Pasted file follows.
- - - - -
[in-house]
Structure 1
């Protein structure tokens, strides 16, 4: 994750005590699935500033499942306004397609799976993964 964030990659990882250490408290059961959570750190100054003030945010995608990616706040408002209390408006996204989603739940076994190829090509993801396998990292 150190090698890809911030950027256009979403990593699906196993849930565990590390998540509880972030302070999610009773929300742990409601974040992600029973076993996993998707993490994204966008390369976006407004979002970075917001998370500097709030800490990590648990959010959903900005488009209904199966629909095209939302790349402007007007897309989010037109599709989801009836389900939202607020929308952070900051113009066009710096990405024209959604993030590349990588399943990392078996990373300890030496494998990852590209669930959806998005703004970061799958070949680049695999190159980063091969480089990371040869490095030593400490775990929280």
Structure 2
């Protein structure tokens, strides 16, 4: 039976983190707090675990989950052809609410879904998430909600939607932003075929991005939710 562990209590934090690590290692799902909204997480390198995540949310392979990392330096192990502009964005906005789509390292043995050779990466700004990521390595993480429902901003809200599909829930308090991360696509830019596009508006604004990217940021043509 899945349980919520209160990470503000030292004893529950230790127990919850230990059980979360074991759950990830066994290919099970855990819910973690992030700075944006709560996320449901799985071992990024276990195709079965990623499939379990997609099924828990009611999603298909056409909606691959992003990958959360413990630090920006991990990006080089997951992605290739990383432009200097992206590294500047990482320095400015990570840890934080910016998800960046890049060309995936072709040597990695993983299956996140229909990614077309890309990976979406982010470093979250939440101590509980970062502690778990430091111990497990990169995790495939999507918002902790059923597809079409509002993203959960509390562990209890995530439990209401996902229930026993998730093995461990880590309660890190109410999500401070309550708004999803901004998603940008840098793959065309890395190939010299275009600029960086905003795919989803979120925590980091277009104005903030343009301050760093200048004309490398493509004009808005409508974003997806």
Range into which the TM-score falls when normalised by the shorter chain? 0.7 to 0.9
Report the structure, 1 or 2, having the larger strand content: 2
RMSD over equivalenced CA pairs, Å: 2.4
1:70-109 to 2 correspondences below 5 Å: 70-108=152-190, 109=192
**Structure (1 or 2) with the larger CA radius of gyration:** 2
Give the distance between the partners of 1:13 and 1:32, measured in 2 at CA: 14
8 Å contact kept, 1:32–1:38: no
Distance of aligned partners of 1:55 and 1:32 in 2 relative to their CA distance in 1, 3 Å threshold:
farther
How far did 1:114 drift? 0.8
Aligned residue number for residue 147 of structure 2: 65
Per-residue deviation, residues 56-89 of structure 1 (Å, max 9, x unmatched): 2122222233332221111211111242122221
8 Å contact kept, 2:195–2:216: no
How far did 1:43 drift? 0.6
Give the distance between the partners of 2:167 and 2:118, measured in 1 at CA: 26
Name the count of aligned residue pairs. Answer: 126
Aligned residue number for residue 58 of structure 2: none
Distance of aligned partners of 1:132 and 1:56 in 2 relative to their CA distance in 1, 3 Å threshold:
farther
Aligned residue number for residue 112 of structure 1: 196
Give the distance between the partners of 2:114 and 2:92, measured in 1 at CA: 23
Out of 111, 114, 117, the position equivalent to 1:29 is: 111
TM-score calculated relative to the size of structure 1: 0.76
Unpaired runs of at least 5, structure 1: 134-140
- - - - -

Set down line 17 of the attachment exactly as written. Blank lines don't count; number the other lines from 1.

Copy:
Per-residue deviation, residues 56-89 of structure 1 (Å, max 9, x unmatched): 2122222233332221111211111242122221